A Quick Guide to the TOSCA/ICE Grammar
Function, Category, and Wordclass Labels
It is a phrase structure grammar based on Quirk et al. (1985). Each node in the tree consists of three elements. By default ICECUP displays these in the following locations.
These pages contain a quick reference guide to all the grammatical labels used in the corpus.
Much more information is available in the online Help file supplied with the corpus. Below is only a very brief outline.
Our ICECUP software is designed from the ground up around the problem that all users have to ‘learn the grammar in order to explore the grammar’. So: don’t be put off by the apparent complexity of the grammar. The software is very forgiving and you will learn by trying things out for yourself.
Outline of the scheme
Individual terms form phrase structure trees. The scheme can be thought of at two levels.
1. Part of speech tagging
Consider the sentence in ICE-GB/DCPSE, Never can it (S1B-010/DI-B80 #107). This is tagged as follows:-
Never ADV(ge) can AUX(modal,pres) it PRON(pers,sing) 
Part of speech tags, or ‘wordclass tags’ classify words into types. Here these are adverb, auxiliary verb, and pronoun. They may also include features. Here we have the following: general adverb, modal present tense auxiliary, personal singular pronoun.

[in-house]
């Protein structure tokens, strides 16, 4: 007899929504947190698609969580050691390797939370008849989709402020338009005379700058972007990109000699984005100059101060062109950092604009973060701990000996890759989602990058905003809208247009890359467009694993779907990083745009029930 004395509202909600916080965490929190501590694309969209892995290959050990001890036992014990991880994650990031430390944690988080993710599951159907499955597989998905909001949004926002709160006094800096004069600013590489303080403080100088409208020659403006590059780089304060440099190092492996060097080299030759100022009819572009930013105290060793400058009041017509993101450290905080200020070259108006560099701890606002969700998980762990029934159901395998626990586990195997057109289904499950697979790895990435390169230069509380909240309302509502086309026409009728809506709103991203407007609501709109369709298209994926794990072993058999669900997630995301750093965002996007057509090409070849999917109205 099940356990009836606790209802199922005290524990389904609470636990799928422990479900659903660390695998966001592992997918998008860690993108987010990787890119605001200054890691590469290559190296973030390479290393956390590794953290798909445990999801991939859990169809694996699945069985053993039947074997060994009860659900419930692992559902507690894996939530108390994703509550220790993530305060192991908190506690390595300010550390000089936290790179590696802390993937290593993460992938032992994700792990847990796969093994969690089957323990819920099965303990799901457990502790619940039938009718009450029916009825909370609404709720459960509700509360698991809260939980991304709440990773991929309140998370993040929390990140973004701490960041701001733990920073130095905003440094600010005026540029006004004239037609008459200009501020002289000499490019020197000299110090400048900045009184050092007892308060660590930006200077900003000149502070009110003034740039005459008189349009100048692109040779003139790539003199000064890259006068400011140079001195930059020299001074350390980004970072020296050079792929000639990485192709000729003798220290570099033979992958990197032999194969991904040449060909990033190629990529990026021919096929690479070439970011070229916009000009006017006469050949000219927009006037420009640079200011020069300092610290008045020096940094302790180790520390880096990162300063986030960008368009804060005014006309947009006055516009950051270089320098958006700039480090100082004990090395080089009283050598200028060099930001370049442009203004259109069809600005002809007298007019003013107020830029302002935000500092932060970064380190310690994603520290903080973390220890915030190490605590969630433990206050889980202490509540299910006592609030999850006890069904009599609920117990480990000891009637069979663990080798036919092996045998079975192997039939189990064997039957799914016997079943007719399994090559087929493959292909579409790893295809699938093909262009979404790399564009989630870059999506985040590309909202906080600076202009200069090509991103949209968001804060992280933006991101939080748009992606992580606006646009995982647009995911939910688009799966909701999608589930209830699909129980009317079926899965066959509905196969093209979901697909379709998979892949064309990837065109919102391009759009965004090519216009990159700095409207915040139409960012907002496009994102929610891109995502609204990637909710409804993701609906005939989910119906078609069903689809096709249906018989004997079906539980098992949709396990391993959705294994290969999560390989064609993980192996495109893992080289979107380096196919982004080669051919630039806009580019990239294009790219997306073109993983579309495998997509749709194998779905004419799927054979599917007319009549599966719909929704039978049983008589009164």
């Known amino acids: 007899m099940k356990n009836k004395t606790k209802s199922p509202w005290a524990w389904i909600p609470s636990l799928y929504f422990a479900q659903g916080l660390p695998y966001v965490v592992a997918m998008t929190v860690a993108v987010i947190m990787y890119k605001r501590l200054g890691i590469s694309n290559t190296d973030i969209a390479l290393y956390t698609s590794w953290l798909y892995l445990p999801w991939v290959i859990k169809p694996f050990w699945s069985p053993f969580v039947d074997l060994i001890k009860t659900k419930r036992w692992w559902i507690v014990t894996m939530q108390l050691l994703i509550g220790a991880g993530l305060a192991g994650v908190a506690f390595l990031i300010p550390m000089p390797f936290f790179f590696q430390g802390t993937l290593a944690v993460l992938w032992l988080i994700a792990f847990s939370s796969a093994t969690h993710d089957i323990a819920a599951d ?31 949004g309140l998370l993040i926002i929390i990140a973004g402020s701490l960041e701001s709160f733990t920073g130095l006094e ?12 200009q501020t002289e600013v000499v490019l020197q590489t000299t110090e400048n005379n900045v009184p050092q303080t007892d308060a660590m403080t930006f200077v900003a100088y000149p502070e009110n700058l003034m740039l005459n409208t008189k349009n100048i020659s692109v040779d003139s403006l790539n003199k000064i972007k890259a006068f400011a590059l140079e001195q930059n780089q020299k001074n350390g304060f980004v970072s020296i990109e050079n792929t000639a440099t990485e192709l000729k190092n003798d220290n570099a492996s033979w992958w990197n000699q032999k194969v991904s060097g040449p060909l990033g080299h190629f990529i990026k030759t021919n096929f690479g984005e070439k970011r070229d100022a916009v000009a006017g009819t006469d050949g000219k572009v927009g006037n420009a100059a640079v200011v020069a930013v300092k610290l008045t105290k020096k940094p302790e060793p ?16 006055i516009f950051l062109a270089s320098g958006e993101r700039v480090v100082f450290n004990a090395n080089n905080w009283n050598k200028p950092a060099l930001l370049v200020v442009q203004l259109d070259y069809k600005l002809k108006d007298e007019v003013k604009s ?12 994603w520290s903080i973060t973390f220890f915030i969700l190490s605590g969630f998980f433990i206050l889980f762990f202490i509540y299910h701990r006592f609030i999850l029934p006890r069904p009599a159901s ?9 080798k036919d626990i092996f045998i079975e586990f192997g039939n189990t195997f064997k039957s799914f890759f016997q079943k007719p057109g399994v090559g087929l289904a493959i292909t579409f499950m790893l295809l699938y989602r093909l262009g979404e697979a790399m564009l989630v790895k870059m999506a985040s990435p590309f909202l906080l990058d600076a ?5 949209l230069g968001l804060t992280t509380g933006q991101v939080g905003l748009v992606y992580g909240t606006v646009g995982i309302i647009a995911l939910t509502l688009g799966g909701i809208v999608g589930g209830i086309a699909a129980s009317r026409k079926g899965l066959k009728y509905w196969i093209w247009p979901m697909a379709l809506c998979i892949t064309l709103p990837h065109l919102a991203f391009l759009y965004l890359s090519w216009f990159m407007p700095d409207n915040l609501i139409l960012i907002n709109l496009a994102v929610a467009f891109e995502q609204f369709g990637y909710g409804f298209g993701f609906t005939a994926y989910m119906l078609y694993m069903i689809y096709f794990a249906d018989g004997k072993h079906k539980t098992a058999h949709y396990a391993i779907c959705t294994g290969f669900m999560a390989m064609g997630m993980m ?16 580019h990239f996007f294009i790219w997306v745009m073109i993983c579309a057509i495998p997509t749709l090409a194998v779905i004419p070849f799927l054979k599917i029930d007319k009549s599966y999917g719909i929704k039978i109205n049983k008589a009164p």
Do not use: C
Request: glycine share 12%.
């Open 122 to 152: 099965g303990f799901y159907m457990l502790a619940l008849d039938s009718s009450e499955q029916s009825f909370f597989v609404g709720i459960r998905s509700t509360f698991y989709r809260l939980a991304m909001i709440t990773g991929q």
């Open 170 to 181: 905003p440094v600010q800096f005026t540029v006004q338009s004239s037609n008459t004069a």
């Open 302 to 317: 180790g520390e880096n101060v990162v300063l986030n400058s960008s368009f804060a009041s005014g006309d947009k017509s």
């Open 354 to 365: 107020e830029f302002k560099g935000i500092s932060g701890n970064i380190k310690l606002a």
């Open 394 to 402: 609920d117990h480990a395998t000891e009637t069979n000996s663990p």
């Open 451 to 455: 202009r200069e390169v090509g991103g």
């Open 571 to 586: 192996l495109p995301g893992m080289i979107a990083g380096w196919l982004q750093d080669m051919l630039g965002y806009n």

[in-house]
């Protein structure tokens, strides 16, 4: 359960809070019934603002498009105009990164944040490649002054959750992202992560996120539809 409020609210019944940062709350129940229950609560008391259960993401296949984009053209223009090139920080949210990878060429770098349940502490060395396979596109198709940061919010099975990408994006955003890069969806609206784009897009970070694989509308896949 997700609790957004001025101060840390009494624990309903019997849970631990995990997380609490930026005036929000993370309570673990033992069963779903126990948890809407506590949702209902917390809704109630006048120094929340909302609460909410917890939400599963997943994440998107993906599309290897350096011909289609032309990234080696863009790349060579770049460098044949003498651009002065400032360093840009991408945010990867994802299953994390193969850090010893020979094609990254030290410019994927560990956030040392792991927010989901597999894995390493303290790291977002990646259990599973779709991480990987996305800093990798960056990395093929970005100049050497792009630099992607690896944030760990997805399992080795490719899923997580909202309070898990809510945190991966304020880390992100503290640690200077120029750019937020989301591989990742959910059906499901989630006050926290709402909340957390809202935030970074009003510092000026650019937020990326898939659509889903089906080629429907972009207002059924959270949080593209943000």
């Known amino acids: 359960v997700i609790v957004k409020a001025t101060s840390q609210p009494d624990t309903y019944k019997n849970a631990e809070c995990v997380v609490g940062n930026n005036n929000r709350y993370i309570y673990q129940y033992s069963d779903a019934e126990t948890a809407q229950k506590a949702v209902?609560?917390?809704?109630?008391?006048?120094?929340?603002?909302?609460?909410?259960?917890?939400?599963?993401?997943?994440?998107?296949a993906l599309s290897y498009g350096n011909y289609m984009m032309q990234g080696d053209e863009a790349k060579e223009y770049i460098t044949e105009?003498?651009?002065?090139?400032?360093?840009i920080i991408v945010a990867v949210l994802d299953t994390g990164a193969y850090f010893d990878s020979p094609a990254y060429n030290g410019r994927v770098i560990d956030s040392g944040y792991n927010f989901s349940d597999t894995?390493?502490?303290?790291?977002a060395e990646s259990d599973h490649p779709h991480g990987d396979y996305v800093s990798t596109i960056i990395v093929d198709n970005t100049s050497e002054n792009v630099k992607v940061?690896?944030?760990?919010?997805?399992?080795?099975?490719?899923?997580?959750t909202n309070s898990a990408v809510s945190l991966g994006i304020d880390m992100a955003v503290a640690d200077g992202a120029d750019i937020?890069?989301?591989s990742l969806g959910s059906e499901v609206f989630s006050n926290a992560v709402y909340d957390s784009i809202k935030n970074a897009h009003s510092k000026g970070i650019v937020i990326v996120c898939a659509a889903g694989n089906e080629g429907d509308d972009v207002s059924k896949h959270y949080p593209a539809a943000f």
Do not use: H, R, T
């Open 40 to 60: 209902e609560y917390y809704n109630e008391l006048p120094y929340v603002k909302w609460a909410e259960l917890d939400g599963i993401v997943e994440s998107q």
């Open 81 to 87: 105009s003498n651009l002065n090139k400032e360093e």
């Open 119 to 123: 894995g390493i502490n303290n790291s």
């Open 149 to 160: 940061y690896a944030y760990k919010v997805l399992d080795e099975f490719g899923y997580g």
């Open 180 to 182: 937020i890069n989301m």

The problem with part of speech tagging is that this doesn’t record the structure of the sentence.
We rectify this by fully parsing the sentence. The part of speech tags sit at the ‘leaves’ of the phrase structure tree. The tree then looks like this.
2. Phrase structure trees
A parse analysis attempts to provide a structural account of the syntax of a sentence.
Each POS node has a function (shaded in blue here for clarity). In a phrase structure grammar such as ICE, functions define the role a node plays within the structure of the parent branch.
Thus, in this example, the general adverb, ADV(ge), Never is the head (AVHD) of the adverb phrase. The general feature, ge, is said to percolate up (purple arrow) to the adverb phrase, AVP. The role of the adverb phrase is in turn simply described as an adverbial, A, within the host clause (CL) which makes up the parsing unit, PU.
Likewise, the modal auxiliary can is labelled an inverted operator, INVOP (cf. It can never), while the subject (SU) of the clause is an NP consisting of the personal singular pronoun, it.
The present, pres, feature percolates up to the clause from the auxiliary. In other words, the clause is said to be in the present tense because can is a present tense modal auxiliary.
Extensive information is available in the online Help file supplied with the corpus.
This may be freely downloaded with the complete ICE-GB Sample Corpus. It also contains cross-references to the ICECUP software, so you can find lots of real examples in the sample corpus!
Our reading is Never can it [be the case that...]. Our interpretation is supported by the context - something that automatic taggers and parsers struggle with.
This is just one illustration as to why a parsed and corrected corpus is a better test dataset for linguistic research than a set of sentences pushed through an algorithm.
This page last modified 28 May, 2015 by Survey Web Administrator.